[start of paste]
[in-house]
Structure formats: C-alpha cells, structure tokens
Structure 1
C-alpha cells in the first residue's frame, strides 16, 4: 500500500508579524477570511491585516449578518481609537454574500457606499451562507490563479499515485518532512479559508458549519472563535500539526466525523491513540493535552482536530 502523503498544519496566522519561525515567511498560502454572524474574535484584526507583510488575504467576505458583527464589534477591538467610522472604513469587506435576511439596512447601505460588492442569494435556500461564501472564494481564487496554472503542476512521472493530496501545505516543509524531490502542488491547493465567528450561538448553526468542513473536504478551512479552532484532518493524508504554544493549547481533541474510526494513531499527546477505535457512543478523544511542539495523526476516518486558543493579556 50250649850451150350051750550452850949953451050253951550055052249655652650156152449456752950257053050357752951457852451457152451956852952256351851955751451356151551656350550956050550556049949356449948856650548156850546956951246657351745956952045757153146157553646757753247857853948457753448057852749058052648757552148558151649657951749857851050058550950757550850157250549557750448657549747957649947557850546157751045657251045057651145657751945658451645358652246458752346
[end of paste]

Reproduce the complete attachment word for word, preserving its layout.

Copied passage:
[in-house]
Structure formats: C-alpha cells, structure tokens
Structure 1
C-alpha cells in the first residue's frame, strides 16, 4: 500500500508579524477570511491585516449578518481609537454574500457606499451562507490563479499515485518532512479559508458549519472563535500539526466525523491513540493535552482536530 502523503498544519496566522519561525515567511498560502454572524474574535484584526507583510488575504467576505458583527464589534477591538467610522472604513469587506435576511439596512447601505460588492442569494435556500461564501472564494481564487496554472503542476512521472493530496501545505516543509524531490502542488491547493465567528450561538448553526468542513473536504478551512479552532484532518493524508504554544493549547481533541474510526494513531499527546477505535457512543478523544511542539495523526476516518486558543493579556 50250649850451150350051750550452850949953451050253951550055052249655652650156152449456752950257053050357752951457852451457152451956852952256351851955751451356151551656350550956050550556049949356449948856650548156850546956951246657351745956952045757153146157553646757753247857853948457753448057852749058052648757552148558151649657951749857851050058550950757550850157250549557750448657549747957649947557850546157751045657251045057651145657751945658451645358652246458752346